DEFINITION OF "LOCAL" AND "REMOTE":
To minimize spent CANDU fuel transportation costs selective uranium oxide extraction is performed at the CANDU reactor sites. The term "local" refers to the reactor site. The term "remote" refers to the main fuel reprocessing site which for certainty of public safety should be remote from any major urban population center. A remote site suitable for fuel reprocessing is Chalk River, Ontario.
CANDU SPENT FUEL SELECTIVE URANIUM OXIDE EXTRACTION:
The purpose of selective uranium oxide extraction from spent CANDU fuel at CANDU reactor sites is to reduce the spent fuel shipping cost by dividing the spent fuel mass into a large minimally radioactive portion and a small highly radioactive portion:
a) Portion "A" is 90% of the spent CANDU fuel mass and consists of nearly pure uranium oxide. Pure uranium oxide has the advantage that its radio activity is low so it can be transported with minimal gamma ray shielding. The required amount of shielding is set by the Cs-137 and Np-237 concentrations in the uranium oxide. These isotopes may be present at low concentrations due to non-idealities in the U3O8 extraction process.
b) Portion "B" is the remaining 10% of the spent fuel mass that is highly radioactive and that for bio-safety must be transported in lead containers that have walls that are about 30 cm thick. The cost of transporting portion "B" is dominated by the cost of transporting the required heavy lead containers. Hence from a transportation cost perspective the smaller portion "B" is with respect to portion "A" the better.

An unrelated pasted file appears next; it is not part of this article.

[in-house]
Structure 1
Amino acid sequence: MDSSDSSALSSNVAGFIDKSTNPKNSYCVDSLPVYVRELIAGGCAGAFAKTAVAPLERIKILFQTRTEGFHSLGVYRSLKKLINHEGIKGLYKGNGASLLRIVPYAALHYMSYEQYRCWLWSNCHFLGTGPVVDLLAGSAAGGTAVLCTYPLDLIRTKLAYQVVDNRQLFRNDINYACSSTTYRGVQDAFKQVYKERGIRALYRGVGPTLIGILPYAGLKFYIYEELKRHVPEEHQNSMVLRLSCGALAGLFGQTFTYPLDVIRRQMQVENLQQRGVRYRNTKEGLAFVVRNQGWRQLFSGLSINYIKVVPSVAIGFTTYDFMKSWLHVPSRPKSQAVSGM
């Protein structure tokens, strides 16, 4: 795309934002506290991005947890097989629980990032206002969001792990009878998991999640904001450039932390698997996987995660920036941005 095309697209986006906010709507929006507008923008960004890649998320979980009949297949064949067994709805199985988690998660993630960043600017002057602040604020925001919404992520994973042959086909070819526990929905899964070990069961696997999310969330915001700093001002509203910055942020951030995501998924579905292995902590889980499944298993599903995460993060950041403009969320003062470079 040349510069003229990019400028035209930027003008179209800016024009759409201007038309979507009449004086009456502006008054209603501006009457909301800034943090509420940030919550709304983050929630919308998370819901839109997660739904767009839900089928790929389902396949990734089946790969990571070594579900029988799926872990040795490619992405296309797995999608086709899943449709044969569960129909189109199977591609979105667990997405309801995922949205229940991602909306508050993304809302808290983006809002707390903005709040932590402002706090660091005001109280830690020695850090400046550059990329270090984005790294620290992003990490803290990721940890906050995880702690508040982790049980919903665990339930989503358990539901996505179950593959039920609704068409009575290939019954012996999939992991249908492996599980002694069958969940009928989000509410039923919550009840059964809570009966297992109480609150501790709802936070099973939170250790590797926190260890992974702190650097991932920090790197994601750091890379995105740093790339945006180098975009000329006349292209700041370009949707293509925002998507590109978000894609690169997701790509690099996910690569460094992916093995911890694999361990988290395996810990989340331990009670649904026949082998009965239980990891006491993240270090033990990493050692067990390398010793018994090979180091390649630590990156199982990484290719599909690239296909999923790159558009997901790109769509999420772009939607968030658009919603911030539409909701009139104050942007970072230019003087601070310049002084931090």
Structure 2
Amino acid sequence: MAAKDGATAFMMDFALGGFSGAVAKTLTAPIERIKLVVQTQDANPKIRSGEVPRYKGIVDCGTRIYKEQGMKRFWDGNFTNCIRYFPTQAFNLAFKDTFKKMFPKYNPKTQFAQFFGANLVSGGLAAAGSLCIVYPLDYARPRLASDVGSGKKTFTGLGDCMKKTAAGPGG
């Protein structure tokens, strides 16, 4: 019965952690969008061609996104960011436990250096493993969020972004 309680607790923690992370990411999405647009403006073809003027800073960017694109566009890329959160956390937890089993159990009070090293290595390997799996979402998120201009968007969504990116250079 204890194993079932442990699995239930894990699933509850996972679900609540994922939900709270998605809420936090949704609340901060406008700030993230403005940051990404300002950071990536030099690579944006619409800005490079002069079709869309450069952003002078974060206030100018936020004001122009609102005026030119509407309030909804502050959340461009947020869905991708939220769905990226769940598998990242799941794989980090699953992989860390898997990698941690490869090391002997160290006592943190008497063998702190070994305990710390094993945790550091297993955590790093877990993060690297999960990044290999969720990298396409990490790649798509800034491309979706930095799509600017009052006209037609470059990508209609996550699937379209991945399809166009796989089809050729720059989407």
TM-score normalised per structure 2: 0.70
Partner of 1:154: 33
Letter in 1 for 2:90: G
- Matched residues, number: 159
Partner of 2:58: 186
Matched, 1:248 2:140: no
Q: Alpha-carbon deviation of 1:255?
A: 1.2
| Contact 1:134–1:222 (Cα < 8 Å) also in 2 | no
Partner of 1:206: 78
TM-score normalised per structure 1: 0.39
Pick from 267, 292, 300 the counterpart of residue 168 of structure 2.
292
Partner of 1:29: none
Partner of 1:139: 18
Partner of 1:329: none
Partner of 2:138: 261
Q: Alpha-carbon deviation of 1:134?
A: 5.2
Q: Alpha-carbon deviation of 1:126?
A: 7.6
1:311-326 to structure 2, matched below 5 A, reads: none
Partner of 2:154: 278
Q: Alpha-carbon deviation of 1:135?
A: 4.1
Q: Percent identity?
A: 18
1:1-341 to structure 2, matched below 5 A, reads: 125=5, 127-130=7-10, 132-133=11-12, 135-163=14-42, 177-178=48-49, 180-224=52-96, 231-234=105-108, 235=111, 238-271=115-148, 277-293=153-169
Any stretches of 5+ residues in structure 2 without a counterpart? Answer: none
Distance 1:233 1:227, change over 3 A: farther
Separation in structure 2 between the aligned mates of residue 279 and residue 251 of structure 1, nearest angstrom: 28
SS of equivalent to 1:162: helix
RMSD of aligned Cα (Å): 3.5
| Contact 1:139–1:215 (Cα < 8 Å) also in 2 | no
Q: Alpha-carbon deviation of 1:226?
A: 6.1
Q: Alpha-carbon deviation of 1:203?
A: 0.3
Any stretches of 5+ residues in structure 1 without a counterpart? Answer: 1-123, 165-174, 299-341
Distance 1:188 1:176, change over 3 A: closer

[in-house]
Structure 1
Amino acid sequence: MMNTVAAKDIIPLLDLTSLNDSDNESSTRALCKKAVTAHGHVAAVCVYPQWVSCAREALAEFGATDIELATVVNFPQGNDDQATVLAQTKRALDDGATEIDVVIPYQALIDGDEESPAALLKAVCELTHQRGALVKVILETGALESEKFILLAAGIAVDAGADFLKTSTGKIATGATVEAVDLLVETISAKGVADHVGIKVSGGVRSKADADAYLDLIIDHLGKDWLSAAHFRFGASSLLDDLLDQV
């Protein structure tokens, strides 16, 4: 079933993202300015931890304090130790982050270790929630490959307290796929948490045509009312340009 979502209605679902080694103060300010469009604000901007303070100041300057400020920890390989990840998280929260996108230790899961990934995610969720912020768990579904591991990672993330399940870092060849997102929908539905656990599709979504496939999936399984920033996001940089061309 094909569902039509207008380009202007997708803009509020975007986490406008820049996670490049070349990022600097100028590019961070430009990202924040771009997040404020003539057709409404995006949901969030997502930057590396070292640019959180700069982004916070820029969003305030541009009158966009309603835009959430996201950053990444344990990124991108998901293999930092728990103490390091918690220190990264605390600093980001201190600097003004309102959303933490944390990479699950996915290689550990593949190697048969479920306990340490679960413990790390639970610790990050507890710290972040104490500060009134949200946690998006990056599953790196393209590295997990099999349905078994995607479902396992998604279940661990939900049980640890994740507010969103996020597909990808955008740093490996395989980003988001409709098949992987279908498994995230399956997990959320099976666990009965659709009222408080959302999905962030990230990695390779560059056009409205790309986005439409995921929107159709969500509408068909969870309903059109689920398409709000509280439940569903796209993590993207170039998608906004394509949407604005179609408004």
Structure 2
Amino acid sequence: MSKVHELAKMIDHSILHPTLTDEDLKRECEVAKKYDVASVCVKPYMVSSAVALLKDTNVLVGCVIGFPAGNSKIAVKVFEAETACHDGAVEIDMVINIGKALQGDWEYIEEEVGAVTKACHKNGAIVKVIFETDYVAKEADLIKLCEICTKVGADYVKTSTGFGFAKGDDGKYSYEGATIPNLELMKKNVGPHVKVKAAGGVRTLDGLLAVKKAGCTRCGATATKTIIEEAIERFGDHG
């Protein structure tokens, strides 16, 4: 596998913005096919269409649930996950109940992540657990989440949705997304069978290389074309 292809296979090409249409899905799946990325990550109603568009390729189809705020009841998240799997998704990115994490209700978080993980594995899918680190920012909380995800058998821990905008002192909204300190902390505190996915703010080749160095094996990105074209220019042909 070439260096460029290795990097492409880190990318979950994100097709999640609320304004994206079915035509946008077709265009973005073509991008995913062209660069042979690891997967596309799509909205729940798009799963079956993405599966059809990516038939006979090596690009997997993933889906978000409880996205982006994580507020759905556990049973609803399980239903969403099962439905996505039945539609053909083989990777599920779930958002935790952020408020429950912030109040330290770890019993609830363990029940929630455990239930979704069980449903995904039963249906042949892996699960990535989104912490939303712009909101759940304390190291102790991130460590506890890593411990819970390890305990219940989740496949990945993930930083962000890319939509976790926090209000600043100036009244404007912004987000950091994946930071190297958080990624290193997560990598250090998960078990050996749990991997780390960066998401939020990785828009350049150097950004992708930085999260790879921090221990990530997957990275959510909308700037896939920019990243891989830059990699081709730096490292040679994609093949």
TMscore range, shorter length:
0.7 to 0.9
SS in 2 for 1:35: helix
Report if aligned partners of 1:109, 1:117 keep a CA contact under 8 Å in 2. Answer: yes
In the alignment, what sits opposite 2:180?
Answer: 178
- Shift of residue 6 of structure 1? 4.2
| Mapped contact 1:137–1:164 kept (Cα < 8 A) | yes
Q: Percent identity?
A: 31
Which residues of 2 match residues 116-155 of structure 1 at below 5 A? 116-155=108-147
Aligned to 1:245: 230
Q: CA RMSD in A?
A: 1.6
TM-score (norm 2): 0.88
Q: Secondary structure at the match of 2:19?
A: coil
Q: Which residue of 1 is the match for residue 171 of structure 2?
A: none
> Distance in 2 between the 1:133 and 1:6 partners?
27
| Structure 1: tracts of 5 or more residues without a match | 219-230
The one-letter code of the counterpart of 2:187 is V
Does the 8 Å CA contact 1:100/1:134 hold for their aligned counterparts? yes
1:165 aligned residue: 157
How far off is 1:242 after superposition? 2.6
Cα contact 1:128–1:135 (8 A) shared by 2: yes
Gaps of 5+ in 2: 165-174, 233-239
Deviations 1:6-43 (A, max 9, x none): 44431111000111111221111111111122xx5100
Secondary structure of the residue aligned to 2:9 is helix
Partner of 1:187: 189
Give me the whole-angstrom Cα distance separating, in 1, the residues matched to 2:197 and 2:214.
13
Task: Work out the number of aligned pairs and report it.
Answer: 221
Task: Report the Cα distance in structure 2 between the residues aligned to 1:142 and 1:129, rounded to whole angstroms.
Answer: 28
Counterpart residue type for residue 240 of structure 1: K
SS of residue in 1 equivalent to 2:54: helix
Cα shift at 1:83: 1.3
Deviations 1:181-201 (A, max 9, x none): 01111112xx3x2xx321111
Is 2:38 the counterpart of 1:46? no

REPROCESSING AT A REMOTE SITE:
For reasons of public safety in the face of a potential terrorist attack the main fuel reprocessing is performed at a remote site such as Chalk River. The core rod material reprocessing must be done in a manner that ensures no accidental formation of a critical mass. The required non-aqueous electrolytic reprocessing is described in the book "Plentiful Energy" by Charles Til and Yoon Chang.
SPENT CANDU FUEL CONCENTRATION SEQUENCE:
Selective extraction of U3O8 should be done at existing CANDU reactor sites to realize about 97.55% of the spent CANDU fuel weight as pure U3O8 and the remainder of about 2.45% of spent CANDU fuel weight as a mixture of (fission products + TRUs + remaining uranium oxide). Enough uranium must be left in this mixture to meet the uranium metal content requirement of FNR fuel. The extracted U3O8 must be sufficiently pure to reduce its radio activity sufficiently to enable low cost transportation.
1. From the spent CANDU fuel inventory that has been out of a CANDU reactor for at least 10 years withdraw spent CANDU fuel bundles as required.
2. Mechanically chop up the spent CANDU fuel bundles into small pieces.
3. Dissolve the spent CANDU fuel bundle pieces in warm HNO3.
4. Remove any undissolved zirconium and transport it to the remote irradiated zirconium store.
5. Cool the solution.
6. Grow and then physically extract urynal nitrate hexahydrate ([UO2(NO3)2-6H2O] + contaminant CsNO3.2H2O) crystals from this solution.
7. Heat the remaining solution to boil off and recycle the HNO3.
8. Condense, collect and recycle the HNO3.
9. Collect the remaining solution dry residue as feedstock for further core rod reprocessing (fission products + TRUs + uranium oxide + zirconium) material.